In fact, many people have had problems with friends and family or employment while struggling to cope with panic disorder.

Some people with panic disorder may begin to lie to conceal their condition, because of the stigma of mental illness. In some individuals, symptoms may occur frequently for a period of months or years, then many years may pass symptom-free.

In others, the symptoms persist at the same level indefinitely. There is also some evidence that many individuals (especially those who develop symptoms at an early age) may experience a cessation of symptoms naturally later in life (i.e. past age 50).

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Panic Disorder Causes

There is no single cause for panic disorder, but one thing that is certain is that panic disorder has been found to run in families, and this may mean that inheritance plays a strong role in determining who will get it.

It has also been found to exist as a co-morbid condition with many hereditary disorders, such as bipolar disorder, and a genetic predisposition to alcoholism.

Psychological factors, stressful life events, life transitions, environment, and thinking in a way that exaggerates relatively normal bodily reactions are also believed to play a role in the onset of panic disorder. Often the first attacks are triggered by physical illnesses, major stress, or certain medications.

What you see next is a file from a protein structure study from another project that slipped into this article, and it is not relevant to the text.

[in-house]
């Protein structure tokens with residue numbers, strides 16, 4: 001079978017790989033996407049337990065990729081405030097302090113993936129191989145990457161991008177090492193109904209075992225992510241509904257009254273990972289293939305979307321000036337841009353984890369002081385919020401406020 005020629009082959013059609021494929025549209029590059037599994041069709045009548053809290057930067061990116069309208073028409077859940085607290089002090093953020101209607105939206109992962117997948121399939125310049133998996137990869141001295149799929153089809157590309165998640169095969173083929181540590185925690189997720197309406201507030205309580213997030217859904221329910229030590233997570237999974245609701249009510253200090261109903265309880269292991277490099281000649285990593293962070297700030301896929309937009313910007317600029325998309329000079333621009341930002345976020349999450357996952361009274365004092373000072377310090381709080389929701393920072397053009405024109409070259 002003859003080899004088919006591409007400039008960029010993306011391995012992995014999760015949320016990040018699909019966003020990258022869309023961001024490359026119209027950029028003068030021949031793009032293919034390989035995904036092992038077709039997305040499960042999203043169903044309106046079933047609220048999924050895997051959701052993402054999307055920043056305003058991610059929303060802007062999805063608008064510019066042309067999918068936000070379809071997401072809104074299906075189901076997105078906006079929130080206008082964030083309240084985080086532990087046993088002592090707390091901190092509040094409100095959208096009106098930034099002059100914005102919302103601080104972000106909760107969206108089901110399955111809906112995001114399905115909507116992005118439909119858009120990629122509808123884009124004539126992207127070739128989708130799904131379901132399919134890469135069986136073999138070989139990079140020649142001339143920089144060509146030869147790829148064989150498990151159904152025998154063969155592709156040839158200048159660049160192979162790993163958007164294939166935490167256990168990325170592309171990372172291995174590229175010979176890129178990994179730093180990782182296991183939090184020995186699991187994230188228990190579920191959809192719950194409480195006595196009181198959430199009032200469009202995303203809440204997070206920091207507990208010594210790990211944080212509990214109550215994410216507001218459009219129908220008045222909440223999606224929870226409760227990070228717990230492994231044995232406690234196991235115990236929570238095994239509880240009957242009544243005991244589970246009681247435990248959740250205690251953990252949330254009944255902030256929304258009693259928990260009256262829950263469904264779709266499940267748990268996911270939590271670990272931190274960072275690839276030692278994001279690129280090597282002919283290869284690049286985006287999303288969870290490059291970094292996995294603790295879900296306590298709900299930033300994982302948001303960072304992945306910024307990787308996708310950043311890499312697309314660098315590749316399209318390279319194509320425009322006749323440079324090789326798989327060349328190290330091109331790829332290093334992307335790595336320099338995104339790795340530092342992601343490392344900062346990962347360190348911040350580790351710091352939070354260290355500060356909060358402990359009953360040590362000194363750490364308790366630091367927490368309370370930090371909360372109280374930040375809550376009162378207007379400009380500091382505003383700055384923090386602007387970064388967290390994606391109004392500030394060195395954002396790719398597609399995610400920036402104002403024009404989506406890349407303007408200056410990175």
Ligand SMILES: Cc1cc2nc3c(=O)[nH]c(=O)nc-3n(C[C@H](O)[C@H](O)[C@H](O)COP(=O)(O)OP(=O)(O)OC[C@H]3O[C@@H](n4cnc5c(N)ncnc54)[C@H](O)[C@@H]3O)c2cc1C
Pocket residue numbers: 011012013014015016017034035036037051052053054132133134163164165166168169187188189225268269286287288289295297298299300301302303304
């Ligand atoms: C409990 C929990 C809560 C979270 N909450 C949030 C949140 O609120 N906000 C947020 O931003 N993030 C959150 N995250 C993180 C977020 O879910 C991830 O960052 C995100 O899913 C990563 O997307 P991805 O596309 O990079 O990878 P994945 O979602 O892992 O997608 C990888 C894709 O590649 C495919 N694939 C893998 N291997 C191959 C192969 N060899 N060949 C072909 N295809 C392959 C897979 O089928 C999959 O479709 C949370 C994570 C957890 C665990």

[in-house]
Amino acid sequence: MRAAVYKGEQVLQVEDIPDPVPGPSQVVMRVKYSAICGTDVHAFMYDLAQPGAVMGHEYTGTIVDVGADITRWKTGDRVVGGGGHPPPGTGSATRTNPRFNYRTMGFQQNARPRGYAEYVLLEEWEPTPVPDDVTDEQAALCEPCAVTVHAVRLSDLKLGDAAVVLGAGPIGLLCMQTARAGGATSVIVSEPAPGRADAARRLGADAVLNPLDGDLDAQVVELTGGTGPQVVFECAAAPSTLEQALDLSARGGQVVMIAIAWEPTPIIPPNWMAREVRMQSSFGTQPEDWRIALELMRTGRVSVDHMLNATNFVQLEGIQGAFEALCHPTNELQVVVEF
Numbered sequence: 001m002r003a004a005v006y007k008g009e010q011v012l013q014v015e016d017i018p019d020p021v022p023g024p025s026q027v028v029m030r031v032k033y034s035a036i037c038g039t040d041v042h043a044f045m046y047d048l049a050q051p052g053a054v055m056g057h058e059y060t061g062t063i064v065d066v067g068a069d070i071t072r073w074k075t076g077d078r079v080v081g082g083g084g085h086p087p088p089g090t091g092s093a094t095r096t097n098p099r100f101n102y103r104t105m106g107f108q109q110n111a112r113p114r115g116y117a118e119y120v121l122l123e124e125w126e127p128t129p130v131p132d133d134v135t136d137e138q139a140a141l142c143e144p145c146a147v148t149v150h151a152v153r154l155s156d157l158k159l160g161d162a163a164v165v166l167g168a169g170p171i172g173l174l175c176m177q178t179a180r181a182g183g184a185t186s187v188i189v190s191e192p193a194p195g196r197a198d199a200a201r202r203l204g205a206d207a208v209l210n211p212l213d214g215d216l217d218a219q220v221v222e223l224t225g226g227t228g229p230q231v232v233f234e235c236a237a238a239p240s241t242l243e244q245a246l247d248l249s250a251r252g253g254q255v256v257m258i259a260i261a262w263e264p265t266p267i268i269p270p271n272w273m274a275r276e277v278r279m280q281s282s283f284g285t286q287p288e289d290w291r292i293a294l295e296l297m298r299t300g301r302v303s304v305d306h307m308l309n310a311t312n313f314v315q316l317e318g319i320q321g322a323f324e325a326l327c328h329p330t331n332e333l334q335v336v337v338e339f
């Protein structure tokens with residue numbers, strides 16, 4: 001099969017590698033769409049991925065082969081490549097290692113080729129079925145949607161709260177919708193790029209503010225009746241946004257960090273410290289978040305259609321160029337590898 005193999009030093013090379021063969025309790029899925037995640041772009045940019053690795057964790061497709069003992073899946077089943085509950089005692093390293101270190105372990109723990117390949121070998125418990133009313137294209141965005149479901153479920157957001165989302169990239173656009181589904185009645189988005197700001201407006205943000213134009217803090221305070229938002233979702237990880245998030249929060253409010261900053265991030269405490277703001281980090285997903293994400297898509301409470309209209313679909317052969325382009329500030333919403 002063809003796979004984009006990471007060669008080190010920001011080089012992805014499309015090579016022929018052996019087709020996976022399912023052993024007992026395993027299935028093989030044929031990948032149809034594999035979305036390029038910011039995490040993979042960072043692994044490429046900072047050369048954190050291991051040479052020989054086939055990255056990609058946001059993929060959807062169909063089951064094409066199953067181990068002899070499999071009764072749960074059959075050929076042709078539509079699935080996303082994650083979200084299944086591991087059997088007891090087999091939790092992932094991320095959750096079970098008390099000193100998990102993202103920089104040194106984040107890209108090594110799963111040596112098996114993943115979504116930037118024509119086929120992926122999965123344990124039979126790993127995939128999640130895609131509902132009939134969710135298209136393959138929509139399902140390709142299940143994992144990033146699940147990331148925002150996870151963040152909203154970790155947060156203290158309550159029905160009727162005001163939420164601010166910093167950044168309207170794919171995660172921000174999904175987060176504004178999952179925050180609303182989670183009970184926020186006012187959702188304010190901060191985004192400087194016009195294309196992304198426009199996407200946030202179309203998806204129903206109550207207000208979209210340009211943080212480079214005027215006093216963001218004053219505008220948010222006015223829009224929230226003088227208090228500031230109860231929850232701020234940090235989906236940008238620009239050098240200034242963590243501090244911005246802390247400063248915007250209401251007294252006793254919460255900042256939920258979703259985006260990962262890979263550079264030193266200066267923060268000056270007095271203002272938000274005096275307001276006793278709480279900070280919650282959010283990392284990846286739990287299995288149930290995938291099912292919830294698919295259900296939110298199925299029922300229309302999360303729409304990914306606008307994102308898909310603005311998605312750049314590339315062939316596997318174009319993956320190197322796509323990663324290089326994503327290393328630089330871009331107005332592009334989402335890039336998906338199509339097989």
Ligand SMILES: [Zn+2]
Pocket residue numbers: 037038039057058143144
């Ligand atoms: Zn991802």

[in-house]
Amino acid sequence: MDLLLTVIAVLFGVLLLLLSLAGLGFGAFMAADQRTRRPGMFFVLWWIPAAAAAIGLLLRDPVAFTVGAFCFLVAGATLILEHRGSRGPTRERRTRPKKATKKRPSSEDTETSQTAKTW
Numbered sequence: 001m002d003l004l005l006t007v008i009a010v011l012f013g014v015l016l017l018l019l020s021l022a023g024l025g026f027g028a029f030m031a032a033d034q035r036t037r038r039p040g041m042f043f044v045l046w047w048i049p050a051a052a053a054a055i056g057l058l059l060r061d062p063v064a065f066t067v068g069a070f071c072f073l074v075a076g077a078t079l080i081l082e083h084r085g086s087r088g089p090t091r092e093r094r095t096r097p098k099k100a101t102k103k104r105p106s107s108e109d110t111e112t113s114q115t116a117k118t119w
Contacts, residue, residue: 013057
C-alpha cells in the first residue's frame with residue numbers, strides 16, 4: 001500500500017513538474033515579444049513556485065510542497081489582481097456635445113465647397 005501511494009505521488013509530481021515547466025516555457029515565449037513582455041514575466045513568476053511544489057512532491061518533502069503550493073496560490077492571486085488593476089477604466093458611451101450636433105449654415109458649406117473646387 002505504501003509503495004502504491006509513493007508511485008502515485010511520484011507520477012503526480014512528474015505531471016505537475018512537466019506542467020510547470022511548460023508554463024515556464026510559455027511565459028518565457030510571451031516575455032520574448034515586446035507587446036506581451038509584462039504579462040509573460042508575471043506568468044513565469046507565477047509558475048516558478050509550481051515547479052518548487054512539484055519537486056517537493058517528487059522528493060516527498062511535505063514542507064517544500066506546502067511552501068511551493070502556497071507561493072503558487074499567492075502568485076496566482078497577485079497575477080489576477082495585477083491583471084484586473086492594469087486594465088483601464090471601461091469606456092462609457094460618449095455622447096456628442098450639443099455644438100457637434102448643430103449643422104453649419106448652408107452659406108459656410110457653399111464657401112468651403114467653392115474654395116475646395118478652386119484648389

People who tend to take on excessive responsibilities may develop a tendency to suffer panic attacks. Post-traumatic stress disorder (PTSD) patients also show a much higher rate of panic disorder than the general population.

There is some evidence to suggest hypoglycemia, hyperthyroidism, mitral valve prolapse, labyrinthitis and pheochromocytoma can cause or aggravate panic disorder.

Prepulse inhibition has been found to be reduced in patients with Panic Disorder.

Stimulants are a rather common cause for panic attacks. An excess of common stimulants such as caffeine.

Many SSRIs also have stimulant side-effects during the beginning of treatment which may exacerbate the condition and have actually caused first-time panic attacks in otherwise healthy individuals being treated for depression.

Flöttmann describes the genesis of panic psychodynamicly. Panic is a stress symptom. Fear is characteristic of each developmental stage because of feeling of guilt or symbiotic binding.